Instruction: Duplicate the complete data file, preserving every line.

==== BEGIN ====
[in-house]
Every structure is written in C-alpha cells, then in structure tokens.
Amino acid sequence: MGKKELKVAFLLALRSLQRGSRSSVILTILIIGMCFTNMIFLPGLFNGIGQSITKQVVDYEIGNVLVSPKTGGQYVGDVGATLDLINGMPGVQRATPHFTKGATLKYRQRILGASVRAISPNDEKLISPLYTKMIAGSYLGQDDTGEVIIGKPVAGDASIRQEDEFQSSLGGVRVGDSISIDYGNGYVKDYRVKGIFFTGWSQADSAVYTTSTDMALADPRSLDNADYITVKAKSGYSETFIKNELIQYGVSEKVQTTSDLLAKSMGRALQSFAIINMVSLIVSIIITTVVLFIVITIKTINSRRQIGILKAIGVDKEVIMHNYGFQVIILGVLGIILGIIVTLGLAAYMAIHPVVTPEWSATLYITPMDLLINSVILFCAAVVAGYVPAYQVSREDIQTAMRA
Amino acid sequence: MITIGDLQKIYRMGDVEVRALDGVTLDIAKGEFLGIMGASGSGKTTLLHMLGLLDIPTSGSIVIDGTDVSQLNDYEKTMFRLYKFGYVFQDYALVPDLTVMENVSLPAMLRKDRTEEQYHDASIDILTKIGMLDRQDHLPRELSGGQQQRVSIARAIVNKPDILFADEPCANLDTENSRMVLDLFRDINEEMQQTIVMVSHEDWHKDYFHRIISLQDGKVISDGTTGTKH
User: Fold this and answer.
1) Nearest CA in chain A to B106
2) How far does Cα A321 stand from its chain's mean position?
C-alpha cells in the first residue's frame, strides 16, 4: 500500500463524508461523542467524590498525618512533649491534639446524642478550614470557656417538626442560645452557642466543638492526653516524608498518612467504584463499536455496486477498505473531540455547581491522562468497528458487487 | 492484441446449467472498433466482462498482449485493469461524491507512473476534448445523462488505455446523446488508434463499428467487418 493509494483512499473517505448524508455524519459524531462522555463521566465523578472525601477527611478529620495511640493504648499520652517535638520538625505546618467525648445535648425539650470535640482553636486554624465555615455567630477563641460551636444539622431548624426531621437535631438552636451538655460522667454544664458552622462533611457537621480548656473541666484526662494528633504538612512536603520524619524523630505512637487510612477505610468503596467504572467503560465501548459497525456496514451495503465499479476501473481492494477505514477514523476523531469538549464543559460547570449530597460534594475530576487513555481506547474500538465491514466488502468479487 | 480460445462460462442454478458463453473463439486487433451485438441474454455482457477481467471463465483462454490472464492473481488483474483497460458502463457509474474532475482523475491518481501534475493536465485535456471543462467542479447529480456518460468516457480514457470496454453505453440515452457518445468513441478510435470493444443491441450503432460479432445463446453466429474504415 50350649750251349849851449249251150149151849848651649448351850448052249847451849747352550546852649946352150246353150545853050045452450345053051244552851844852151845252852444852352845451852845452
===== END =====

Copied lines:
[in-house]
Every structure is written in C-alpha cells, then in structure tokens.
Amino acid sequence: MGKKELKVAFLLALRSLQRGSRSSVILTILIIGMCFTNMIFLPGLFNGIGQSITKQVVDYEIGNVLVSPKTGGQYVGDVGATLDLINGMPGVQRATPHFTKGATLKYRQRILGASVRAISPNDEKLISPLYTKMIAGSYLGQDDTGEVIIGKPVAGDASIRQEDEFQSSLGGVRVGDSISIDYGNGYVKDYRVKGIFFTGWSQADSAVYTTSTDMALADPRSLDNADYITVKAKSGYSETFIKNELIQYGVSEKVQTTSDLLAKSMGRALQSFAIINMVSLIVSIIITTVVLFIVITIKTINSRRQIGILKAIGVDKEVIMHNYGFQVIILGVLGIILGIIVTLGLAAYMAIHPVVTPEWSATLYITPMDLLINSVILFCAAVVAGYVPAYQVSREDIQTAMRA
Amino acid sequence: MITIGDLQKIYRMGDVEVRALDGVTLDIAKGEFLGIMGASGSGKTTLLHMLGLLDIPTSGSIVIDGTDVSQLNDYEKTMFRLYKFGYVFQDYALVPDLTVMENVSLPAMLRKDRTEEQYHDASIDILTKIGMLDRQDHLPRELSGGQQQRVSIARAIVNKPDILFADEPCANLDTENSRMVLDLFRDINEEMQQTIVMVSHEDWHKDYFHRIISLQDGKVISDGTTGTKH
User: Fold this and answer.
1) Nearest CA in chain A to B106
2) How far does Cα A321 stand from its chain's mean position?
C-alpha cells in the first residue's frame, strides 16, 4: 500500500463524508461523542467524590498525618512533649491534639446524642478550614470557656417538626442560645452557642466543638492526653516524608498518612467504584463499536455496486477498505473531540455547581491522562468497528458487487 | 492484441446449467472498433466482462498482449485493469461524491507512473476534448445523462488505455446523446488508434463499428467487418 493509494483512499473517505448524508455524519459524531462522555463521566465523578472525601477527611478529620495511640493504648499520652517535638520538625505546618467525648445535648425539650470535640482553636486554624465555615455567630477563641460551636444539622431548624426531621437535631438552636451538655460522667454544664458552622462533611457537621480548656473541666484526662494528633504538612512536603520524619524523630505512637487510612477505610468503596467504572467503560465501548459497525456496514451495503465499479476501473481492494477505514477514523476523531469538549464543559460547570449530597460534594475530576487513555481506547474500538465491514466488502468479487 | 480460445462460462442454478458463453473463439486487433451485438441474454455482457477481467471463465483462454490472464492473481488483474483497460458502463457509474474532475482523475491518481501534475493536465485535456471543462467542479447529480456518460468516457480514457470496454453505453440515452457518445468513441478510435470493444443491441450503432460479432445463446453466429474504415 50350649750251349849851449249251150149151849848651649448351850448052249847451849747352550546852649946352150246353150545853050045452450345053051244552851844852151845252852444852352845451852845452